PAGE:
Everyone knows that you should try to take out as little student loans as possible. It’s just common sense, right? But how much of a difference does it make to have $20,000 or more less in student loan debt? I mean, if you go to a “good” school, you pay a little more, but you have the potential to earn more money – or so they say…For most undergraduate students, where you go to college doesn’t really matter any more – it’s about what you do while you’re there. You need to build your network, specialize your skills, and get internships. That’s they key to making college worthwhile.So, what if you went to a state college and only had to borrow $20,000 versus going to a more expensive school and borrowing $40,000? How much of a difference would it make on your life? Honestly, it could make a difference of almost $120,000 or more.Let’s break it down.
I don’t think a lot of college students have a grasp of how much say $40,000 in student loans translates into payments once they are out of school. Sometimes it sounds like $40,000 doesn’t sound bad because they say to only take out what you can earn in your first year. But what does that payment look like? And what would it be if you only took out $20,000?
In our scenario, we break down what it looks like to take the difference between owing $20,000 and owing $40,000, and putting that difference towards owning a $250,000 condo. Over the 10 year repayment plan, what does that difference look like? How much of a difference does building equity versus paying down debt only make? Our key assumption in that you make the same income regardless of how much student loan debt you make. That allows us to compare the situations. First, let’s look at how $20,000 in student loans looks like after graduation:
Now here’s what $40,000 in student loan debt looks like. You knew it would be more, but did you realize it would be that much more?
However, the difference in payment is only half the situation. The real benefit of having $20,000 less in student loans is what you can do with that money. 🙂Let’s say that you take your monthly savings of $230.16 and invest it every month for 10 years. If you earn just 6% per year,- more that you ever had in student loans. And do you know where the other guy would be at financially? $0.Just take a look at the chart below. The blue line is the $20,000 borrower, and the red line is the $40,000 borrower.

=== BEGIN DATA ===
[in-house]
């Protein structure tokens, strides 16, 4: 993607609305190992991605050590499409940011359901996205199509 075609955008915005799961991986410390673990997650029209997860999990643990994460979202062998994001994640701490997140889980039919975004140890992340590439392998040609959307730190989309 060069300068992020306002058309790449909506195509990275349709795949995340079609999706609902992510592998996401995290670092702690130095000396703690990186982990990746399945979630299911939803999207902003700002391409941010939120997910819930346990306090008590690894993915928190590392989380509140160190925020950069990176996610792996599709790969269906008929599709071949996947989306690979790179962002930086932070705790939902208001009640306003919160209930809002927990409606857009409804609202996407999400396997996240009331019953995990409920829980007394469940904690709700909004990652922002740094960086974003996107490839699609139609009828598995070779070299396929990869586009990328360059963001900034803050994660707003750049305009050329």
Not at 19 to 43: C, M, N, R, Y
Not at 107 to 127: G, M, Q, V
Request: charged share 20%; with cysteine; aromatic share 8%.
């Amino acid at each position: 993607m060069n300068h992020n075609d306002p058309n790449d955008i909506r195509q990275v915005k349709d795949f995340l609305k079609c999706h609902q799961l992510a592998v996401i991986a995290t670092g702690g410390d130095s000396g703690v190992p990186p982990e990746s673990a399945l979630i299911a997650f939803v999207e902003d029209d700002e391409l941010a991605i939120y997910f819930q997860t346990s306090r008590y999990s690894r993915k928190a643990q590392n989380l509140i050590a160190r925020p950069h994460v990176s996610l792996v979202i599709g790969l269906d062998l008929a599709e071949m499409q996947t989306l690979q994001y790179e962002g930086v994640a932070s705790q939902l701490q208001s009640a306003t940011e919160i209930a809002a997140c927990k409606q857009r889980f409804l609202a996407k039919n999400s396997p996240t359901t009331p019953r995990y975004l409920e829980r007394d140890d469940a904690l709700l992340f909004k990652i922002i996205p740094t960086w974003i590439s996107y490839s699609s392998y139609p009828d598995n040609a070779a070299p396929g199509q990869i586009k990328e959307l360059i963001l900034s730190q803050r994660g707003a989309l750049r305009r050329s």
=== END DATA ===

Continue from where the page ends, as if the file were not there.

You can see that the borrower that only has $20,000 and saves money each month actually moves from negative to positive net worth at year five. However, the $40,000 student loan borrower is only at $0 net worth at year 10.Starting at year 10 is where things get interesting. By taking out $20,000 less in student loans, you’re actually giving yourself a $37,000 lead on the other person. If we look at just this money – no additions – it will continue to grow at 6% until it reaches almost $119,936.22. So, in 30 years, your “lead” has grow significantly.The bottom line is that you should be taking out as little student loan debt as possible. If you can take out $20,000 less when you start school, that money could be worth $120,000 when you get closer to retirement.It’s important to note that none of this takes into consideration student loan forgiveness options such as PSLF. That can skew the equation if you qualify.The amount you borrow obviously has a huge impact on your ability to cross out of debt and into savings but also important is the rate on your student loans loans.In my examples above, I assumed a rate of 6.8%, but if you take out private student loans, the rate and term of your loans can have a big impact. So, shop around to make sure you get the best student loan rate. I recommend using Credible where you can receive and compare private student loan offers from many lenders after filling out one form.